- The Washington Times - Friday, April 13, 2012

India’s ambassador to the United States said Friday it is unrealistic to expect the South Asian nation to cut its import of Iranian oil overnight but a reduction is gradually occurring.

“Just overnight cutting off imports from Iran becomes virtually impossible,” Nirupama Rao told reporters in Washington at a meeting hosted by the Christian Science Monitor.

“But the share of Iranian petroleum imports is going down as we speak, and there has been a significant reduction, and I see that reduction being even more reinforced in the weeks and months to come.”

The U.S. has imposed tough economic sanctions on Iran to dissuade the regime its leaders from developing nuclear weapons. Iran says its nuclear program is intended for peaceful purposes.

The Obama administration also has urged its allies to cut oil imports from Iran in an attempt to squeeze the government in Tehran.

“We are alert to all these needs at the moment and we take the situation seriously,” Ms. Rao said.

“We are not dismissive of the constraints and the developing nature of the situation. We pay very close attention to it and we are responding,” she added.

India and China are the top two importers of Iranian oil.

Energy security is vital for a country like India, where 500 million people in a population that exceeds 1 billion do not have electricity.

As of 2008-2009, the percentage of India’s crude oil imports from Iran was 16.42 percent. By 2011-2012, that number had dropped to 10.29 percent.

All the major Indian companies that were doing business in Iran have scaled down operations, and many have left the Islamic republic.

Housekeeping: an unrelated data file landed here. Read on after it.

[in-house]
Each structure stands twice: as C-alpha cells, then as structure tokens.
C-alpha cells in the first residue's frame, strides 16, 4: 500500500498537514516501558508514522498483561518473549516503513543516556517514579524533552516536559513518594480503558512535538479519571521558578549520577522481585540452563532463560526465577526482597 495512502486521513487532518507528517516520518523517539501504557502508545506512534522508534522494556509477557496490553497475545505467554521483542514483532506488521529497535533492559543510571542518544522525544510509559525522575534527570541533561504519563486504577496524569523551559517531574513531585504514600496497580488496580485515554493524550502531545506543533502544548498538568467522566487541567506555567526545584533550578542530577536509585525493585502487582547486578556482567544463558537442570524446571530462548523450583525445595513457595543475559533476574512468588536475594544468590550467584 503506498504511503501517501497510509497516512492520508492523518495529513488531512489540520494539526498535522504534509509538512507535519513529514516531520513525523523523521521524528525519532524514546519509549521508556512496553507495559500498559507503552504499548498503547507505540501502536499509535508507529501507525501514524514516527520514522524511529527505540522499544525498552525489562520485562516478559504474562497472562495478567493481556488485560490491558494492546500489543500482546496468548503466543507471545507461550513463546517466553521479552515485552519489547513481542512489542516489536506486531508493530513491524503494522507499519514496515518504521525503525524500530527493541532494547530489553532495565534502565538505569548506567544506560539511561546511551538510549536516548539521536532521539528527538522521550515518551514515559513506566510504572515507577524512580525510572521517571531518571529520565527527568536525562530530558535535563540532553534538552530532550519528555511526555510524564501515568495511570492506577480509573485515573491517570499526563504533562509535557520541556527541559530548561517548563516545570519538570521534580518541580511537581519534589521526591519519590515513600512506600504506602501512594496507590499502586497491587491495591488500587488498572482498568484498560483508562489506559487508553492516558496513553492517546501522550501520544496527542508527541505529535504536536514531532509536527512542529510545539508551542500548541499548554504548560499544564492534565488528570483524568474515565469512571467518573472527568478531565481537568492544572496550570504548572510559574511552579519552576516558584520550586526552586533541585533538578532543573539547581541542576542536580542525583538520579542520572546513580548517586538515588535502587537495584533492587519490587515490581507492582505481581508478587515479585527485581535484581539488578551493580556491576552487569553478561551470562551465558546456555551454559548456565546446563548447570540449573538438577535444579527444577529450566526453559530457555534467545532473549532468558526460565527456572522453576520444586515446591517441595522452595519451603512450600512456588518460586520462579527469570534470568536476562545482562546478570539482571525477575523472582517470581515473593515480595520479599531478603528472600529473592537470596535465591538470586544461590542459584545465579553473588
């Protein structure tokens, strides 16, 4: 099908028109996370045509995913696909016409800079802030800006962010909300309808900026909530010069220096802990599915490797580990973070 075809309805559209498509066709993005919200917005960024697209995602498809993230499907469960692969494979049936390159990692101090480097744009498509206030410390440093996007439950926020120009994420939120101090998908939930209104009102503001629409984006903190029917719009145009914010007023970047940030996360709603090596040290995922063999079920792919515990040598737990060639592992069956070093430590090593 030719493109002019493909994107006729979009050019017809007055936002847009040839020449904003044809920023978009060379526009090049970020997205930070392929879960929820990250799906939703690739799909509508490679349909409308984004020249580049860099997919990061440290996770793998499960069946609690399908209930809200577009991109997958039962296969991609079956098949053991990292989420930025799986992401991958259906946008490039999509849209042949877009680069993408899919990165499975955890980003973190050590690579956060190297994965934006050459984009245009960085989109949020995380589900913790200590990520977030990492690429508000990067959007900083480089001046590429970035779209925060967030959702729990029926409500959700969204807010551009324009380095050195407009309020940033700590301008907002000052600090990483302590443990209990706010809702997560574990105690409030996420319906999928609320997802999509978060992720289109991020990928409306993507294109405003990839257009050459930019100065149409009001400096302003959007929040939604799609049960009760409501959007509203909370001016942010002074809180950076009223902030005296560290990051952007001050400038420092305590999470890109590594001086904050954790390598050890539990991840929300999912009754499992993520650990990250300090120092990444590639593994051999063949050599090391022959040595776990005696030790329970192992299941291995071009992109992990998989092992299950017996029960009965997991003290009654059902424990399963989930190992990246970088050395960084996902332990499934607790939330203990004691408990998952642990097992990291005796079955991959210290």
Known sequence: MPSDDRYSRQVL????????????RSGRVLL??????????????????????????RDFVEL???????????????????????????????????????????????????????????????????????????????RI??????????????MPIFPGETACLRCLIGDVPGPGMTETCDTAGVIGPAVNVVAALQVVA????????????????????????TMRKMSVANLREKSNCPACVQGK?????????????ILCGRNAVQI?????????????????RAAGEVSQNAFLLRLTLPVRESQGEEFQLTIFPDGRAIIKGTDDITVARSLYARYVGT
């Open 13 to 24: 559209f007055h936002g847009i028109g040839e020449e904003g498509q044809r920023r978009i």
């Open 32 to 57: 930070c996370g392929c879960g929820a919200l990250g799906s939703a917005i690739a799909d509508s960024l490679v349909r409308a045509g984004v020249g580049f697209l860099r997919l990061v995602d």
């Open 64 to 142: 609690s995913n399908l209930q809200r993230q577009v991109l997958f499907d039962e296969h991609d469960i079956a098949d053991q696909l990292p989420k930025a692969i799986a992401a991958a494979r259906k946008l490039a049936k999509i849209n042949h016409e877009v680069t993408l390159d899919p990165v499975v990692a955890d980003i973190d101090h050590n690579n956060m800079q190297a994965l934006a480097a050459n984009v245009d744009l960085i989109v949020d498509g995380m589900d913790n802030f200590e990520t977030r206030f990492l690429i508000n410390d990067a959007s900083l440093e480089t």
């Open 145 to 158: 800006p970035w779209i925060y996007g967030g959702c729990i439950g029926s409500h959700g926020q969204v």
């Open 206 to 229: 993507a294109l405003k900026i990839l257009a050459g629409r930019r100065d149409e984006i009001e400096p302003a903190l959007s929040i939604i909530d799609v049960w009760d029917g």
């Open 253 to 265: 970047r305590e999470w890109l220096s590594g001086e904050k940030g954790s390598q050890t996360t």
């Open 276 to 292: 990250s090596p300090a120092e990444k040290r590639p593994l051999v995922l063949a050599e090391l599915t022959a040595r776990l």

U.S. officials say India needs to do more.

Last month, Secretary of State Hillary Rodham Clinton exempted 10 European nations and Japan from U.S. sanctions on Iran because they have “significantly reduced” their oil imports from the Central Asian nation.

India was missing from the list.

Along with China, South Korea, Turkey and eight other nations, India could face U.S. sanctions if it doesn’t show its intent to significantly cut Iranian oil imports before the end of June.

These sanctions bar transactions with the Central Bank of Iran by any private or public financial institution, and ban the purchase of petroleum or petroleum products from Iran.

“Practical reality demands that diversification is needed,” Ms. Rao said. “That is exactly what we are engaged in.”

A key challenge in diversification has been the re-engineering of at least five Indian refineries that are geared to processing only Iranian sweet light crude.

India’s imports of Iranian oil feature high on the agenda in meetings between Indian and U.S. officials.

Ms. Rao described the discussions as “open, frank and candid.”

“There is a degree of understanding … it is not a minuscule degree of understanding,” she said. “India is a responsible country, and we play by the international rules.”

Sign up for Daily Newsletters

Manage Newsletters

Copyright © 2019 The Washington Times, LLC. Click here for reprint permission.

Please read our comment policy before commenting.


Click to Read More and View Comments

Click to Hide